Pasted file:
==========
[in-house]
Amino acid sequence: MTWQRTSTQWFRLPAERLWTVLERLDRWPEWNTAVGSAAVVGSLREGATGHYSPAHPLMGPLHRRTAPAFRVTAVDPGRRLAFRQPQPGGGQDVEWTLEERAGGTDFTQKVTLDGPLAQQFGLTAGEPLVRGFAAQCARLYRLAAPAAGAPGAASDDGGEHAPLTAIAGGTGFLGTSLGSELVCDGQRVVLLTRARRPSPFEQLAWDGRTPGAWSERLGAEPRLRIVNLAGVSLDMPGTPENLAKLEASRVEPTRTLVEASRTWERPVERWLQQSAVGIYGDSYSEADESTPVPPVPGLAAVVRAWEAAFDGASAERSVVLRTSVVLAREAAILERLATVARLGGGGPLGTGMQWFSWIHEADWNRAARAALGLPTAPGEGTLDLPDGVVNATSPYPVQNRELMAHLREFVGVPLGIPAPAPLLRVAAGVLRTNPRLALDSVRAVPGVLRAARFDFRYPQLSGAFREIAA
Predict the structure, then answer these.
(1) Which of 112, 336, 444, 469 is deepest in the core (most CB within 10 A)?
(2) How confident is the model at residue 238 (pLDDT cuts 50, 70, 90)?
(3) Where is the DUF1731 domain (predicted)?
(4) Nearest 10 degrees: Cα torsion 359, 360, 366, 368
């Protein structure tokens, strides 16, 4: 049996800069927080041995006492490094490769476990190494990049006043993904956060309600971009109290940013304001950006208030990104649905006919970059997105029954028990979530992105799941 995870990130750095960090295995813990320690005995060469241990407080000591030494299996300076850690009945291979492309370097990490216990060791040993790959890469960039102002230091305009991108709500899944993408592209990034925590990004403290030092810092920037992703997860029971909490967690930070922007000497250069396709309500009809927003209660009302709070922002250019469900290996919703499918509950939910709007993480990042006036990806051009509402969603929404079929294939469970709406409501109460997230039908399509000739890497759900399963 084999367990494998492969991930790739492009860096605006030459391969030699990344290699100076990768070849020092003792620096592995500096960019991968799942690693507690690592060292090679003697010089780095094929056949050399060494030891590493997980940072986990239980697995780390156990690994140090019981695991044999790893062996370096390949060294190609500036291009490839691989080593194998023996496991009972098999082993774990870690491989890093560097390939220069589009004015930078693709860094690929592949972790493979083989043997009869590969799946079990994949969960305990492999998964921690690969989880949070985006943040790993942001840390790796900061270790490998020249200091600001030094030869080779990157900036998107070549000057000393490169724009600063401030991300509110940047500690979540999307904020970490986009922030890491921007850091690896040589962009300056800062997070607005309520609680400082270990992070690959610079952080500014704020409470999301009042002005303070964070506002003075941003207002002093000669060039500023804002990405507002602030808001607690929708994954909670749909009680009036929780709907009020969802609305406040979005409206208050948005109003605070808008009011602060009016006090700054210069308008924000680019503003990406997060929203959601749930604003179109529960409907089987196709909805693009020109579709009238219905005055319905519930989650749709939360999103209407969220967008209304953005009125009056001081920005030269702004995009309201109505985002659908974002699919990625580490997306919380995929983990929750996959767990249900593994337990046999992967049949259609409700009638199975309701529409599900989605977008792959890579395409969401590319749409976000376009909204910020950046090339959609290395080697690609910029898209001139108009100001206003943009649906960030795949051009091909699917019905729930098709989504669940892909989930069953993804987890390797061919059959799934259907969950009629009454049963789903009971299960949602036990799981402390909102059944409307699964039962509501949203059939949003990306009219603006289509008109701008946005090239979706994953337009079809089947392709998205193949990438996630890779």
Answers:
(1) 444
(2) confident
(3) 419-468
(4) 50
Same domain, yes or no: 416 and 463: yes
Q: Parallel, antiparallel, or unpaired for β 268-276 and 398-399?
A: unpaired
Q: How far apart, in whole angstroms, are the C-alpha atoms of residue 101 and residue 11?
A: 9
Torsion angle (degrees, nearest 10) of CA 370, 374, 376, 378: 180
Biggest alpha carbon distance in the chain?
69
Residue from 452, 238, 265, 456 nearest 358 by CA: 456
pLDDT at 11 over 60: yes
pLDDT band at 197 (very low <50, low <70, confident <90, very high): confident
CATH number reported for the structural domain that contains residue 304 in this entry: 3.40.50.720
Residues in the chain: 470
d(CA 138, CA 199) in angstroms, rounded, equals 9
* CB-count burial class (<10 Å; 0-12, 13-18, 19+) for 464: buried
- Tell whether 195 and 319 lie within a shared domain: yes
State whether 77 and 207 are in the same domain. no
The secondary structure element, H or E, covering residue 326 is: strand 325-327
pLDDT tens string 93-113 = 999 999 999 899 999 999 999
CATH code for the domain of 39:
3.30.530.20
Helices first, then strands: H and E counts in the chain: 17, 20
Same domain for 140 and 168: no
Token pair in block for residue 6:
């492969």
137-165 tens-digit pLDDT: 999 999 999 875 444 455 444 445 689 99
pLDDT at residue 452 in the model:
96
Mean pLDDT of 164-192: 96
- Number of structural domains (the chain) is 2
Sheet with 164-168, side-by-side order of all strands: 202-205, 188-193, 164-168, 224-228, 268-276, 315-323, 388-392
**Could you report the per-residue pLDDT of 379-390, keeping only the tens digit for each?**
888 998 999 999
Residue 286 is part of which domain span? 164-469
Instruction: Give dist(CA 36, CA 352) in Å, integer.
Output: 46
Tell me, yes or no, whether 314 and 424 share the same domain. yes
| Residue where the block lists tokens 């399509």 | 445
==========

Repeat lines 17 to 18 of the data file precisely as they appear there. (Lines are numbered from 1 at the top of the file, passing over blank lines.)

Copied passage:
Q: How far apart, in whole angstroms, are the C-alpha atoms of residue 101 and residue 11?
A: 9